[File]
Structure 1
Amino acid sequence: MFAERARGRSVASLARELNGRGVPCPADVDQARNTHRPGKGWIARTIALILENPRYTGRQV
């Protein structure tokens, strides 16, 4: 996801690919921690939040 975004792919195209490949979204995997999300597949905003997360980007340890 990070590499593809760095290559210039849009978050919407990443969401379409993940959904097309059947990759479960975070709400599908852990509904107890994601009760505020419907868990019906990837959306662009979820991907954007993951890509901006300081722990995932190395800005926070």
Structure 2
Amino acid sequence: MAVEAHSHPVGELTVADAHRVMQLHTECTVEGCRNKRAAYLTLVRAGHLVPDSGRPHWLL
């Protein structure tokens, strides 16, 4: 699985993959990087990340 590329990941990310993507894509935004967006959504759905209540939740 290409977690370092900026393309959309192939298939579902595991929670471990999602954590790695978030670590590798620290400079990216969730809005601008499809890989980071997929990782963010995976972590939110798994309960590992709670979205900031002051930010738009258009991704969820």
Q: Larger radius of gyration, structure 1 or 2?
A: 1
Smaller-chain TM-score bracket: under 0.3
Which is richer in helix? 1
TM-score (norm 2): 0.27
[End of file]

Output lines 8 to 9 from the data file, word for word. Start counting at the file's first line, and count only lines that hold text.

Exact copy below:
A: 1
Smaller-chain TM-score bracket: under 0.3